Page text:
-XX:+UnlockExperimentalVMOptions -XX:+UseJVMCICompiler -XX:-EnableJVMCI

Since Graal is essentially a normal Java application, it also needs to compile and prepare itself for work (the so-called bootstrapping). In the "on-demand" mode, this happens in parallel with the start of the application, in which case Graal uses C1 to optimize its code.

There is also the option to explicitly start initialization before starting the application, and in this scenario you can even instruct Graal to optimize itself. However, this usually takes much more time and does not provide significant benefits. The grail is initialized a little longer than C1 / C2, and more actively uses free processor power due to the fact that it needs to compile more classes. But these differences are not so great and are practically leveled, lost in the general noise during application initialization.
In addition, since Graal is written in Java, it uses heap to initialize (in the case of C1 / C2, memory is also used, only through malloc). The main memory consumption is at the start of the application. Both Graal and C1 / C2 use free kernels when compiling. Grail memory consumption can be monitored by enabling GC logging (currently there is no isolation of the hip to initialize Graal from the main hip of the application).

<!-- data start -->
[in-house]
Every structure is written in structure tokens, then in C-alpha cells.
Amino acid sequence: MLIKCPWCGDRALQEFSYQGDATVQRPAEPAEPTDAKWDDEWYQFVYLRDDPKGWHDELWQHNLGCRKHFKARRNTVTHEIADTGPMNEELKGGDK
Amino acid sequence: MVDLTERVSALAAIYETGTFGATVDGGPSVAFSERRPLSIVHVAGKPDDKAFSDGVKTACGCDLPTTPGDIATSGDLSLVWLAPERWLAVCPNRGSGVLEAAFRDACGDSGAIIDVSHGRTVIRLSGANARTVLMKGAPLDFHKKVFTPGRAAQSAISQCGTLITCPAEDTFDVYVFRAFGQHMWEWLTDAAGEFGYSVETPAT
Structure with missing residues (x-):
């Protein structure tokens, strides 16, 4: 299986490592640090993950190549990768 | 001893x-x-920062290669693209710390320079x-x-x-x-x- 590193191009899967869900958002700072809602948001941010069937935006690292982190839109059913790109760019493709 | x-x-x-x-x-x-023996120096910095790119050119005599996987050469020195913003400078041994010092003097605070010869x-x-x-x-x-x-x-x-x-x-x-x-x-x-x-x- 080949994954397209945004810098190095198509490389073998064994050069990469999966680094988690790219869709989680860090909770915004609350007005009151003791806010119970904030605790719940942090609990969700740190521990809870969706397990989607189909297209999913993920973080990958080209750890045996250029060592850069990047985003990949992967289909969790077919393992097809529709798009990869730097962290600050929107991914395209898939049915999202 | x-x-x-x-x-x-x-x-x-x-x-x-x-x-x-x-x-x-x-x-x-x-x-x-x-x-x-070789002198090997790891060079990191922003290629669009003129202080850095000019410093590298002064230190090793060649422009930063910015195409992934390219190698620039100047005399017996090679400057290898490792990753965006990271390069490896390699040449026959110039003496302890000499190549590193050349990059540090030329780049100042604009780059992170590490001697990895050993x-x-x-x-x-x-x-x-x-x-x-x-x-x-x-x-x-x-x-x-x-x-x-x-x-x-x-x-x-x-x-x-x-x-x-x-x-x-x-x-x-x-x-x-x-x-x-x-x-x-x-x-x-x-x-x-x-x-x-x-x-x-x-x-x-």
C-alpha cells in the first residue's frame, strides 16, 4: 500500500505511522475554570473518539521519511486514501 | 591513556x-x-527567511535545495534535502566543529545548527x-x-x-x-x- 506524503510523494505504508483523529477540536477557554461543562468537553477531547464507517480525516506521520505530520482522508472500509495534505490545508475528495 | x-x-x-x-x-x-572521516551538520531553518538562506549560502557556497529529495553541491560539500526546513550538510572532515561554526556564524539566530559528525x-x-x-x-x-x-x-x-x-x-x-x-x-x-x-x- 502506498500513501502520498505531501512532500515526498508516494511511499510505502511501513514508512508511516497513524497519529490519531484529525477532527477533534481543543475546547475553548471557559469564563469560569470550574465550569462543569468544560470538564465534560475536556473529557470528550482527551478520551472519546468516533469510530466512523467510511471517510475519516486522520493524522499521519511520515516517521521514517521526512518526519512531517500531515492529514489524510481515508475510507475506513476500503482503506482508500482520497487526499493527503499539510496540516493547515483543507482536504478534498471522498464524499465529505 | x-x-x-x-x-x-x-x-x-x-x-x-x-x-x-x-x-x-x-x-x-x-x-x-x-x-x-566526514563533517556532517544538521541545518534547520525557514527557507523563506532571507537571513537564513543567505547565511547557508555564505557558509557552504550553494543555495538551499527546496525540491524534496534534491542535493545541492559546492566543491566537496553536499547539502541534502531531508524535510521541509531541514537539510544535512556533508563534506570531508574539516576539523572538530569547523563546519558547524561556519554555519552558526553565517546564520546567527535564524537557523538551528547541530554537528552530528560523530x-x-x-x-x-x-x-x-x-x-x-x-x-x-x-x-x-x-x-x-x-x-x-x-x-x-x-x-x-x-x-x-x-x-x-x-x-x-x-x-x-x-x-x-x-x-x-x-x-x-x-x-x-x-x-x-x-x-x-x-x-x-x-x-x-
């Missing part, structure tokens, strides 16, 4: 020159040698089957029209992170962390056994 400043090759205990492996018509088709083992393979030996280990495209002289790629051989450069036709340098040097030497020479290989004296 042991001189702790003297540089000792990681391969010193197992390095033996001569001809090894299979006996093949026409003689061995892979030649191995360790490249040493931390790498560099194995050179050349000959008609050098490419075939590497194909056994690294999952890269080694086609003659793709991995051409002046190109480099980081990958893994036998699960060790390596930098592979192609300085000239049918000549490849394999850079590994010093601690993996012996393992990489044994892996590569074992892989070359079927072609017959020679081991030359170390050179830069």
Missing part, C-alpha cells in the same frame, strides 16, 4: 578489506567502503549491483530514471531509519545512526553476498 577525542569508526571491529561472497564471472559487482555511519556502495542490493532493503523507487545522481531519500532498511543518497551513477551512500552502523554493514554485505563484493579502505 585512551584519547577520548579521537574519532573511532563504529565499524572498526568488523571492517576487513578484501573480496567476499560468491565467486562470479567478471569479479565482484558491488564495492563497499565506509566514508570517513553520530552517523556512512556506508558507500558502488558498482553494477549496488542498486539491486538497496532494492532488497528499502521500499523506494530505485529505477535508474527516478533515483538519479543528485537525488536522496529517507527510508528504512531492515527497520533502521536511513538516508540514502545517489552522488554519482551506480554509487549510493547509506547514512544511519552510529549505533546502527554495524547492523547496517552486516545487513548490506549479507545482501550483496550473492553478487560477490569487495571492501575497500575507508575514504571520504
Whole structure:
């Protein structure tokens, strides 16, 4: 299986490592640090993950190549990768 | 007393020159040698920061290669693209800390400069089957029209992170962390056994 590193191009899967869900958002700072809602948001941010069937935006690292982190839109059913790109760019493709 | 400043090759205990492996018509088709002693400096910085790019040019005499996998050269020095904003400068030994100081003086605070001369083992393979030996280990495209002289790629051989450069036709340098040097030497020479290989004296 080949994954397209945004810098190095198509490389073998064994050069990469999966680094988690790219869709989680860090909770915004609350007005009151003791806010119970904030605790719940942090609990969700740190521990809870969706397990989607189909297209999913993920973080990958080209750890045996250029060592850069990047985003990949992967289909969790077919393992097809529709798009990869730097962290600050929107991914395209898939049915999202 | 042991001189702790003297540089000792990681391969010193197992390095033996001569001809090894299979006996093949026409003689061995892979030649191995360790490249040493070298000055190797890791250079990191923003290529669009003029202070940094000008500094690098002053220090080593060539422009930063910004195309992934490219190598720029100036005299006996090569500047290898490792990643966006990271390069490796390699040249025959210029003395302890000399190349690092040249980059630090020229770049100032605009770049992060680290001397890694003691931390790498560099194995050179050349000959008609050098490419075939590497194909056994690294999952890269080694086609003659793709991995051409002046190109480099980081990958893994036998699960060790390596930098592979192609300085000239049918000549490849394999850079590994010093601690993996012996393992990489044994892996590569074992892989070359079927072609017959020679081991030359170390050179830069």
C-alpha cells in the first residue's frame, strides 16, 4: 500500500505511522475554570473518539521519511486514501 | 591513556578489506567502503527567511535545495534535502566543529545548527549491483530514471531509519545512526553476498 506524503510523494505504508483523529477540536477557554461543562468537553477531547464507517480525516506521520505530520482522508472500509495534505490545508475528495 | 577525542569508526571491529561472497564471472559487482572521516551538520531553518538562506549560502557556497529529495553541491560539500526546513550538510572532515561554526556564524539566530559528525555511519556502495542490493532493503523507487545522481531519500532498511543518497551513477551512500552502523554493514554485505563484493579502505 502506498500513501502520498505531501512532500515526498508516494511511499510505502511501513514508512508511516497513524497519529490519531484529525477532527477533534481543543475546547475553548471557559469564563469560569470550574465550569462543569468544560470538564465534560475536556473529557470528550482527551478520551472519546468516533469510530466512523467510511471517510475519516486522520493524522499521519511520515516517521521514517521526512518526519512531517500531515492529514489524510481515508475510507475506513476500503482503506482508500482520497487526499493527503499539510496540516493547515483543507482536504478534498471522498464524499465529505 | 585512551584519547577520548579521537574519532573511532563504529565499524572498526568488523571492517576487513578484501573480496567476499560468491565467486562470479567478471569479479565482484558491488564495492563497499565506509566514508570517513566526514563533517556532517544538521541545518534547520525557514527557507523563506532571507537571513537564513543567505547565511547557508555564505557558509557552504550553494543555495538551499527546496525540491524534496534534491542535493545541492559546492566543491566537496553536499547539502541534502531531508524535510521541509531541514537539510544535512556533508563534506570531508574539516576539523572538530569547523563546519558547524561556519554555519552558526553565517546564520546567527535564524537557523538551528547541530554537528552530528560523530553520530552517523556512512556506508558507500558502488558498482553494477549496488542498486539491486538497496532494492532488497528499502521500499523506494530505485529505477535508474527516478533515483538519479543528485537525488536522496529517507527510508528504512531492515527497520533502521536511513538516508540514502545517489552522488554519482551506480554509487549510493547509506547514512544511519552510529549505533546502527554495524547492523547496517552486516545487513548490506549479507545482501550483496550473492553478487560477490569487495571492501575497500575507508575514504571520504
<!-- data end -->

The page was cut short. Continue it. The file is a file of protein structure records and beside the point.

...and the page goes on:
Well, we learned how to set it all up - it's time to understand why. What are the benefits of using Graal?

Christian used a practical example to answer this question. He launched a couple of benchmarks from one project written in Scala: one was actively working with the CPU, and the other was more actively interacting with memory. On the benchmark that worked with the CPU, when using Graal, there was a noticeable slowdown on average by a second due to a longer start (the benchmark itself took 5 seconds to complete). But on the second benchmark, Graal showed quite a good result - ~ 20 seconds against ~ 28 on C1 / C2. And this despite the fact that, as Christian noted, the example with Scala Graal does not work as well as it could (due to the dynamic structure of the bytecode generated by Scala). That is, we can hope that in the case of a pure Java application, everything should be even better.